• Indigenous youth worker Josh Kirk has designed t-shirts to break down the “shame” associated with suicide. (Supplied/Josh Kirk)Source: Supplied/Josh Kirk
A community-based support service working to prevent Indigenous suicide is being rolled out nationally, after being trialled in Western Australia for one year.
Elliana Lawford

24 Jan 2017 - 5:01 PM  UPDATED 24 Jan 2017 - 6:49 PM

The Indigenous-run Critical Response Service (CRS) is getting a $10 million funding boost to expand into the Northern Territory and South Australia this year, and across the country in 2018.

The expansion has been welcomed by Darwin-based Indigenous youth worker Josh Kirk, who lost three cousins to suicide last year.

Kirk told NITV News: “We have some of the highest rates of suicide in the world. We can’t hide from it anymore and we certainly can’t say it’s not happening”

“It’s now or never to make a stand.”

Federal Indigenous Affairs Minister, Nigel Scullion, announced the program expansion in the remote Northern Territory community of Groote Eylandt this week.

"Every suicide is a tragedy and the effects on tight-knit Aboriginal and Torres Strait Islander communities are often more profound - contributing to the clusters of suicide and self-harm that we see," Minister Scullion said while visiting Groote Eylandt.

"For suicide rates to fall it is essential Aboriginal and Torres Strait Islander people can access responsive and culturally-appropriate care."

Less talk, more action needed on Indigenous suicide
Professor Fiona Stanley has questioned the idea of another summit on Indigenous suicide, highlighting the lack of action from the recommendations of previous inquiries.

The CRS is an Indigenous-run initiative led by Adele Cox, a Bunuba and Gija woman from the Kimberley region of WA and a national leader in mental health and suicide prevention.

Members of the CRS team make contact with Indigenous families affected by a suicide or a traumatic event and co-ordinate existing support services to best meet the needs of the family.

Mr Scullion says there's currently a myriad of uncoordinated agencies and not-for-profit organisations that don't adequately support families in times of great distress.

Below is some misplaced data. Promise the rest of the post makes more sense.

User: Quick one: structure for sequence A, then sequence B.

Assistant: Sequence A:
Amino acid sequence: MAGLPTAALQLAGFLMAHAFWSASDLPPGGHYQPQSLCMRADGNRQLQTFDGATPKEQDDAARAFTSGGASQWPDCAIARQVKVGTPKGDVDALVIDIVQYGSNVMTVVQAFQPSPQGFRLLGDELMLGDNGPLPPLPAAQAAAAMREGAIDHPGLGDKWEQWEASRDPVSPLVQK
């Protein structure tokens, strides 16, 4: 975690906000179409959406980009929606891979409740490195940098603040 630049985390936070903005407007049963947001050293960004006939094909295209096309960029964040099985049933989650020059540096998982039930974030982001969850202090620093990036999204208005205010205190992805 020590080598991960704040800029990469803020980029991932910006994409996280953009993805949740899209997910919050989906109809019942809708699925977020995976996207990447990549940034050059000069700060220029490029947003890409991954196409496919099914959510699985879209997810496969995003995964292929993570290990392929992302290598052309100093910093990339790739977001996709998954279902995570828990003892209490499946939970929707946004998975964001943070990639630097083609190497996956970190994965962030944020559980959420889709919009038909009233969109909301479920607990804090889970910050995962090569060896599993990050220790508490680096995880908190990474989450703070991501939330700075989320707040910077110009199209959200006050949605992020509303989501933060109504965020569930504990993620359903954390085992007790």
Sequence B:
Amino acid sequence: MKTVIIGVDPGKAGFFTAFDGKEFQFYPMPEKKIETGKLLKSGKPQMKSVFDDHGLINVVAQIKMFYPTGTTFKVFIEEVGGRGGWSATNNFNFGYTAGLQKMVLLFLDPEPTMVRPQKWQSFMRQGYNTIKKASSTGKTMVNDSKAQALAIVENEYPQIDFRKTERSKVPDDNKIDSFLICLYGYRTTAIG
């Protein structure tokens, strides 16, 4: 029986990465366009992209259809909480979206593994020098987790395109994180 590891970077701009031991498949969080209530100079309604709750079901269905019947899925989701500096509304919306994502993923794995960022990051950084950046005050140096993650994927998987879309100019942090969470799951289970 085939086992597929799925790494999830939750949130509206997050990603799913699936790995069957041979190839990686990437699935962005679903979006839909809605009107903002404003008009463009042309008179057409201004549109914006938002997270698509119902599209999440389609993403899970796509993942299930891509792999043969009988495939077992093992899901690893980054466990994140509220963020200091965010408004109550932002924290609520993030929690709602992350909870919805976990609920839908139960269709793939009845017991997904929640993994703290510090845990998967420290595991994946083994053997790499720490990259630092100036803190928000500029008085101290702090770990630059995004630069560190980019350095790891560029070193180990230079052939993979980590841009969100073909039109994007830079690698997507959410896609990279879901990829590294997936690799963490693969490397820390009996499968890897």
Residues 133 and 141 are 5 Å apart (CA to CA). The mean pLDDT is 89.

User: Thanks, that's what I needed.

"The effect is that people fall between the cracks," Minister Scullion said.

But Josh Kirk says there’s a lack of on-the-ground community services that can be accessed in times of need.

“There’s no services in remote communities up here in the Northern Territory, the mob have to source help from Darwin,” he says.

“And so many of the services don’t travel to communities enough, or if they do, they don’t stay for long enough.

“We need to get the right people and the right services on the ground in our communities, and not just for one day workshops.”

He added that current services aren’t always reaching the people who need them most.

“When I was young I was homeless for three months and I had no idea what services were out there because I didn’t have access to internet or a phone, and I didn’t have the confidence to ask anyone,” he said.

“It’s the same with these young at-risk kids.

“The people we turn to are our Elders, so they need to be key in all of this.”

Mr Kirk hopes this funding will bring different organisations together so communities can enjoy better service delivery.

“There’s always been money there but it hasn’t always been used properly,” he said.

“What we don’t need now is different services putting their hand up and fighting for the work, we all need to pull together and put our kids and our communities first.”

Suicide prevention: 'Must be tackled with Aboriginal led initiatives'
The results from the ABS 2015 Causes of Death data show Indigenous people are twice at risk to die by suicide than non-Indigenous Australians, with concerning rates in younger age groups.

Suicide rates among First Nations people are twice the national rate, and five times the national rate for young people.

Josh Kirk lost three cousins in the space of just 10 days last year, all at the hands of suicide.

He’s now designed t-shirts to break down the “shame” associated with the subject. 

“I tell people my story so they can connect with it, and now I wear it proud on my t-shirt,” he said.

“I ask people ‘what’s your deepest, darkest secret about suicide?’ And then I tell them to wear it proud.”

It’s hoped the Critical Response Service will contribute to broader suicide-prevention activities.


Readers seeking support and information about suicide prevention can contact Lifeline on 13 11 14.

Suicide Call Back Service 1300 659 467

MensLine Australia 1300 78 99 78

Multicultural Mental Health Australia www.mmha.org.au

Local Aboriginal Medical Service available from www.vibe.com.au